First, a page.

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Sat 7 Jul 2007 04:01 PM

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On board a beauty and a beast

Royal Caribbean’s latest liner, Liberty of the Seas, is one of the world’s two largest cruise ships and offers its guests a complete floating destination. Kathi Everden steps on board.

There's no mistaking the Liberty of the Seas when she comes to call - the 15-deck monolith gleams white and majestic at the dockside, dwarfing its competitors.

The interior is equally as impressive, equipped with a gamut of facilities ranging from an ice-cream shop to a wedding chapel, surf simulator to boxing ring, as well as restaurants, theatres and shopping malls.

The ship is 340 metres long, has 1817 staterooms with the potential occupancy of 4375 passengers, and is operated by 1360 crew. Around 842 rooms have balconies, 855 have third or fourth berth options including bunk beds in family cabins, while 172 offer interior views over the Promenade entertainment and shopping mall.

For many, this is the instant turn-off - the sheer weight of bodies, the mass catering and the volumes at every port call.

However, Royal Caribbean senior vice president, Susan Hooper, believes big is beautiful: "The benefit of larger ships is space. This means we can put in more activities, which we have found is our customers' biggest requirement," she said.

"They tend to say that these new Freedom class of ships exceeds their expectations with facilities such as the boxing ring, FlowRider surf simulator and spa etc."

Hooper noted that due to the growth of the family sector, the average age of cruisers in the US market had dropped from above 55 to around 40.

"We believe we can accelerate this trend with our products that are bringing a fresh look to cruising," she said.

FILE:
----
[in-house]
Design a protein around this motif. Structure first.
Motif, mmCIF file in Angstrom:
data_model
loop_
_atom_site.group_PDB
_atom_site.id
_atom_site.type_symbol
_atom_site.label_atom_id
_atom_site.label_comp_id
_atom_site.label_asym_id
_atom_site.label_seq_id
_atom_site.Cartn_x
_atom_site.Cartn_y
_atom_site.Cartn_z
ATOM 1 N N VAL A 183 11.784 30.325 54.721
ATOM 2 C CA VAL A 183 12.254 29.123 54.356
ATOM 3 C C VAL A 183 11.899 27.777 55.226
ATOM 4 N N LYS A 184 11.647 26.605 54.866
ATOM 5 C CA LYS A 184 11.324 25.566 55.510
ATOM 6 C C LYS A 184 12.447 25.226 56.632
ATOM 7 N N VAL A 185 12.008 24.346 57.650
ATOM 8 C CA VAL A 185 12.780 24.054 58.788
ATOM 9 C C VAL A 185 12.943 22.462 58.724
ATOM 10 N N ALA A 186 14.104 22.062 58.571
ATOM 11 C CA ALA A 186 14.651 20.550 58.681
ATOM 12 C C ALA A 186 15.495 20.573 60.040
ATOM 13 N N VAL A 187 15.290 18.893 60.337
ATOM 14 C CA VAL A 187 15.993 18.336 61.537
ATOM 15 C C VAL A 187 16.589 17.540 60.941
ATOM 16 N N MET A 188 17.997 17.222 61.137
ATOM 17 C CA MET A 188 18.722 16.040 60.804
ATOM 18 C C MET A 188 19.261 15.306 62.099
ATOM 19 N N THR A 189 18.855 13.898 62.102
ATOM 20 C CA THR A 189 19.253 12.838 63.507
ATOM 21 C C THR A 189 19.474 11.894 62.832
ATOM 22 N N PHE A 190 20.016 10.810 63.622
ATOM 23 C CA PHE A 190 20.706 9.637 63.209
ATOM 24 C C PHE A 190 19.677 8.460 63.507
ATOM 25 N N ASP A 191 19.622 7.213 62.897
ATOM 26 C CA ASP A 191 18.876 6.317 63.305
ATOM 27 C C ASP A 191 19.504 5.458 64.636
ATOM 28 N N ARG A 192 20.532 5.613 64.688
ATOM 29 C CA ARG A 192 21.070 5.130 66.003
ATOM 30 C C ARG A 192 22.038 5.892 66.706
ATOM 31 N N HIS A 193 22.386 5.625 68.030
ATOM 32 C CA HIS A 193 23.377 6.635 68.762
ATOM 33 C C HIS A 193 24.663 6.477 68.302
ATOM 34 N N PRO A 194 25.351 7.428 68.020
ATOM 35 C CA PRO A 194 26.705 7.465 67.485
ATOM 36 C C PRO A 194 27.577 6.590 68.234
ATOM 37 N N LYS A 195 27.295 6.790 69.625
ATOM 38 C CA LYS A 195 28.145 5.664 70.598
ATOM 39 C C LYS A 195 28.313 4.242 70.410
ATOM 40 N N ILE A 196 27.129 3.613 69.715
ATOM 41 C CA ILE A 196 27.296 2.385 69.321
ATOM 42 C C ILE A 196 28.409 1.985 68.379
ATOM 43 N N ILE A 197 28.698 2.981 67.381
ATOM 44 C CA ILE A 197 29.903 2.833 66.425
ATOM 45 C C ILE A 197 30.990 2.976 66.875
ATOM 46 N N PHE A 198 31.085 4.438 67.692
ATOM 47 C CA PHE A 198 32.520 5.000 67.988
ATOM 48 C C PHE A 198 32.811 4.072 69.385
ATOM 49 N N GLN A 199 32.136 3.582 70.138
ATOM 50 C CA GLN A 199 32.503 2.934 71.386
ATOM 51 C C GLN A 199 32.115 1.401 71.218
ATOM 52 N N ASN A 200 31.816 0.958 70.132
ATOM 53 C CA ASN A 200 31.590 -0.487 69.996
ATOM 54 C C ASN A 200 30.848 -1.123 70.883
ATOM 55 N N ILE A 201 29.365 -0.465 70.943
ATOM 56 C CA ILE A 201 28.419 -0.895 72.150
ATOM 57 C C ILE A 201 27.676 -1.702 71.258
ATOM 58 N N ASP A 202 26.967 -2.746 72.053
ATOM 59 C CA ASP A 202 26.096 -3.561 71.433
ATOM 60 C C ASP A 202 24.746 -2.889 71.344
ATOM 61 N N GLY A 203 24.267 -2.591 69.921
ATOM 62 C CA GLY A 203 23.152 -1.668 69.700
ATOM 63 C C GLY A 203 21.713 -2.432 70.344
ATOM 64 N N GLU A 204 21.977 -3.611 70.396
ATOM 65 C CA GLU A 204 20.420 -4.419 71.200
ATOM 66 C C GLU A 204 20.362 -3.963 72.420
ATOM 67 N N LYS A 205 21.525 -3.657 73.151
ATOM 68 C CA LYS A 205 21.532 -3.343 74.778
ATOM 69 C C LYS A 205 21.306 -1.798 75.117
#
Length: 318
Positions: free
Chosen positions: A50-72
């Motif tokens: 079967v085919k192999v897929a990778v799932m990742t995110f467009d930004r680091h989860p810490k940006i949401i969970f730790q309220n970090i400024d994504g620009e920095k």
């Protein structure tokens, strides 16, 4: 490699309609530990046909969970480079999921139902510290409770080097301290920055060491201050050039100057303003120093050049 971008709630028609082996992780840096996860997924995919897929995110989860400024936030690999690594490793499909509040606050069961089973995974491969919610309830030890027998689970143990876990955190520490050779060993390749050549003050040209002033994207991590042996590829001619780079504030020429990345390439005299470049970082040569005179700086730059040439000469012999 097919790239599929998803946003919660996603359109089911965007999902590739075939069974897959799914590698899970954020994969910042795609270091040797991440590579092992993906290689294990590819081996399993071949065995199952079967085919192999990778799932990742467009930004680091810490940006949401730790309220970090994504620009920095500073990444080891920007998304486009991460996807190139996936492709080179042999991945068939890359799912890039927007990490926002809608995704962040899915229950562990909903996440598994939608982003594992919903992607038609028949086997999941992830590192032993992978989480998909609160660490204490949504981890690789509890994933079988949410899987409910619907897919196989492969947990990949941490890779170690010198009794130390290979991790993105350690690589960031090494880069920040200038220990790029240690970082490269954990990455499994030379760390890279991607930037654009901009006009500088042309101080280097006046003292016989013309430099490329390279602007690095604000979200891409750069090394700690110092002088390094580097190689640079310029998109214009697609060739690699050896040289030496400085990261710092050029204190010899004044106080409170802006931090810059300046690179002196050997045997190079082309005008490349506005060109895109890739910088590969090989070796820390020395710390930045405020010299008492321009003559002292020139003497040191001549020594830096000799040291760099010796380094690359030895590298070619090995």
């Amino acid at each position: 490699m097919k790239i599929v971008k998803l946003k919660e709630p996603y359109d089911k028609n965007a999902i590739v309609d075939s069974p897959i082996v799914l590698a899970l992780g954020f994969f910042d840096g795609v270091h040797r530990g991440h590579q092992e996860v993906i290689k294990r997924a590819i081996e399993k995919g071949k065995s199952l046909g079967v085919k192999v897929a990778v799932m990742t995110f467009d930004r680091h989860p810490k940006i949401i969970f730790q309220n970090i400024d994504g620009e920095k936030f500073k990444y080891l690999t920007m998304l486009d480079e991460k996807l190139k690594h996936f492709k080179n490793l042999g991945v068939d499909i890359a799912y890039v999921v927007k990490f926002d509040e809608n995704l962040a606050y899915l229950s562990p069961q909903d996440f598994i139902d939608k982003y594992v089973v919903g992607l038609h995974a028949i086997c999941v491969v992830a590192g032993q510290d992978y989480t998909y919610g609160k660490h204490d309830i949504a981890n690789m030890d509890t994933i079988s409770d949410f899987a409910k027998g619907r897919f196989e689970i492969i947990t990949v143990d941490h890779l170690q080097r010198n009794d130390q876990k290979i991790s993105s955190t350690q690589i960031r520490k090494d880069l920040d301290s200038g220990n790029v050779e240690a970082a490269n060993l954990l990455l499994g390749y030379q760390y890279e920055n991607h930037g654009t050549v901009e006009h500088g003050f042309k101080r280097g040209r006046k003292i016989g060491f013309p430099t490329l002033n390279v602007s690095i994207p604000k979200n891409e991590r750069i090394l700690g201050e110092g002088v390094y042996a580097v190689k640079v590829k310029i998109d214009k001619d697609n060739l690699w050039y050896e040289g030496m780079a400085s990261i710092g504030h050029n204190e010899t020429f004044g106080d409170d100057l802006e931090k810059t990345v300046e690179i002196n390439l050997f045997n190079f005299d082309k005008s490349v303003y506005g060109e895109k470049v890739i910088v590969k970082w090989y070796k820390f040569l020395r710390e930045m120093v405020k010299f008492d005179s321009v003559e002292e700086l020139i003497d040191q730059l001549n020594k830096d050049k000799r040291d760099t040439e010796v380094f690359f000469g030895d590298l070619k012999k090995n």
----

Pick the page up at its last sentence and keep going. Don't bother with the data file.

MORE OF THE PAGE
With the Caribbean as the Liberty's playground for this year, potential customers who opt for a Mediterranean itinerary will have to wait until the launch of the third sister ship next May - Independence of the Seas - which will be based in Southampton (UK) for six months of the year in 2008.

And, good news for the regional market, Hooper acknowledged the need to accommodate the late booking trends of the Middle East (and Italy apparently).

"We are getting better at reserving cabins for the late booking markets although we are not comfortable at leaving inventory when other countries such as the UK book so far in advance," she said.

Hooper said suites were the first to sell out but inside cabins were priced competitively.

She dashed any hopes of a Liberty visit to the Middle East in the foreseeable future, although she did not exclude the region from future itineraries on one of Royal Caribbean's vessels, particularly for a winter schedule.

"We are not innovative in destinations but rather in product, and while we are constantly looking at opportunities as to where to take our ships in the winter, there are limitations with a ship of this size," she said.

Meanwhile, Royal Caribbean is expanding its accessibility in both Asia and Europe with Rhapsody of the Seas offering short and long cruises out of Singapore this winter and seven ships sailing in and around Europe in 2008, with cruise itineraries out of Harwich and Southampton in the UK as well as from Barcelona, Venice and Rome and to South America from Lisbon.